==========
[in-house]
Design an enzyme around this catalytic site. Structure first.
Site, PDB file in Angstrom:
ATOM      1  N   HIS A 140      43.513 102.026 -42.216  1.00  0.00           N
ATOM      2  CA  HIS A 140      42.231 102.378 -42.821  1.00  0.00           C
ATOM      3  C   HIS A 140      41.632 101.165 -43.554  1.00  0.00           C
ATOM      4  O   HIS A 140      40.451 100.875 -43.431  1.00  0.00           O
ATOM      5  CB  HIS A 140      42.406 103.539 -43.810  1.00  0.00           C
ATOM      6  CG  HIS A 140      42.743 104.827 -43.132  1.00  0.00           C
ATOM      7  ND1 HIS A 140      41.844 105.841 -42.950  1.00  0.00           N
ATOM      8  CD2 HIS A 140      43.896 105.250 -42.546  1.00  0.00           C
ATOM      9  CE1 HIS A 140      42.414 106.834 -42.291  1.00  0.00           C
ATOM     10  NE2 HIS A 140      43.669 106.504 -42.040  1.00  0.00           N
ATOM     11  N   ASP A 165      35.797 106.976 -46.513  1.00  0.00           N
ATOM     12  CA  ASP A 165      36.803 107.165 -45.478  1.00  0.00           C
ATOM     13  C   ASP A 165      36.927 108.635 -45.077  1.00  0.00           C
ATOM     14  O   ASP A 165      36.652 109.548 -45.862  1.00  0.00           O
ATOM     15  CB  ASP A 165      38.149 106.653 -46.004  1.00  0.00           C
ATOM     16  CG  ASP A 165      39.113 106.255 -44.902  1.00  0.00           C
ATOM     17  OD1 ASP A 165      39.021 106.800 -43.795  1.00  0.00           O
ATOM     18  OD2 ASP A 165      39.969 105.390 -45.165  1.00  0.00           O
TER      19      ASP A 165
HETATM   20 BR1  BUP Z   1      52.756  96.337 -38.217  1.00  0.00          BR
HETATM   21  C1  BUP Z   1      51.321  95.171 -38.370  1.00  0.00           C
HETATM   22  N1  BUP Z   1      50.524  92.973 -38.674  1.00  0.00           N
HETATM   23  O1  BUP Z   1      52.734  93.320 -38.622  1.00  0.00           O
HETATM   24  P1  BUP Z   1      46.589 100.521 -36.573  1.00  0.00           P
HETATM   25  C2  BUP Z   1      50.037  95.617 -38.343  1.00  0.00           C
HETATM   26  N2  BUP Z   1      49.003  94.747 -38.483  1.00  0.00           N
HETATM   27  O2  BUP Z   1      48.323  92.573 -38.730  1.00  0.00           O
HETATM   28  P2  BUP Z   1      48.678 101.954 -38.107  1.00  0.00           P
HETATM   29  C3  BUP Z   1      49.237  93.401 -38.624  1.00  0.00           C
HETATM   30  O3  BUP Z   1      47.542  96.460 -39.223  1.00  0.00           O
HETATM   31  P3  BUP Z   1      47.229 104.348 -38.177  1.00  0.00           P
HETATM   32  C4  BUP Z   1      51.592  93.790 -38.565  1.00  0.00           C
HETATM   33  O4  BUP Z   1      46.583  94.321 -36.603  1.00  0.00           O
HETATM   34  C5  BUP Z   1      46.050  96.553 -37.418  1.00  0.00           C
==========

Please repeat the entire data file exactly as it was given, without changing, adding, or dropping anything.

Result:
[in-house]
Design an enzyme around this catalytic site. Structure first.
Site, PDB file in Angstrom:
ATOM      1  N   HIS A 140      43.513 102.026 -42.216  1.00  0.00           N
ATOM      2  CA  HIS A 140      42.231 102.378 -42.821  1.00  0.00           C
ATOM      3  C   HIS A 140      41.632 101.165 -43.554  1.00  0.00           C
ATOM      4  O   HIS A 140      40.451 100.875 -43.431  1.00  0.00           O
ATOM      5  CB  HIS A 140      42.406 103.539 -43.810  1.00  0.00           C
ATOM      6  CG  HIS A 140      42.743 104.827 -43.132  1.00  0.00           C
ATOM      7  ND1 HIS A 140      41.844 105.841 -42.950  1.00  0.00           N
ATOM      8  CD2 HIS A 140      43.896 105.250 -42.546  1.00  0.00           C
ATOM      9  CE1 HIS A 140      42.414 106.834 -42.291  1.00  0.00           C
ATOM     10  NE2 HIS A 140      43.669 106.504 -42.040  1.00  0.00           N
ATOM     11  N   ASP A 165      35.797 106.976 -46.513  1.00  0.00           N
ATOM     12  CA  ASP A 165      36.803 107.165 -45.478  1.00  0.00           C
ATOM     13  C   ASP A 165      36.927 108.635 -45.077  1.00  0.00           C
ATOM     14  O   ASP A 165      36.652 109.548 -45.862  1.00  0.00           O
ATOM     15  CB  ASP A 165      38.149 106.653 -46.004  1.00  0.00           C
ATOM     16  CG  ASP A 165      39.113 106.255 -44.902  1.00  0.00           C
ATOM     17  OD1 ASP A 165      39.021 106.800 -43.795  1.00  0.00           O
ATOM     18  OD2 ASP A 165      39.969 105.390 -45.165  1.00  0.00           O
TER      19      ASP A 165
HETATM   20 BR1  BUP Z   1      52.756  96.337 -38.217  1.00  0.00          BR
HETATM   21  C1  BUP Z   1      51.321  95.171 -38.370  1.00  0.00           C
HETATM   22  N1  BUP Z   1      50.524  92.973 -38.674  1.00  0.00           N
HETATM   23  O1  BUP Z   1      52.734  93.320 -38.622  1.00  0.00           O
HETATM   24  P1  BUP Z   1      46.589 100.521 -36.573  1.00  0.00           P
HETATM   25  C2  BUP Z   1      50.037  95.617 -38.343  1.00  0.00           C
HETATM   26  N2  BUP Z   1      49.003  94.747 -38.483  1.00  0.00           N
HETATM   27  O2  BUP Z   1      48.323  92.573 -38.730  1.00  0.00           O
HETATM   28  P2  BUP Z   1      48.678 101.954 -38.107  1.00  0.00           P
HETATM   29  C3  BUP Z   1      49.237  93.401 -38.624  1.00  0.00           C
HETATM   30  O3  BUP Z   1      47.542  96.460 -39.223  1.00  0.00           O
HETATM   31  P3  BUP Z   1      47.229 104.348 -38.177  1.00  0.00           P
HETATM   32  C4  BUP Z   1      51.592  93.790 -38.565  1.00  0.00           C
HETATM   33  O4  BUP Z   1      46.583  94.321 -36.603  1.00  0.00           O
HETATM   34  C5  BUP Z   1      46.050  96.553 -37.418  1.00  0.00           C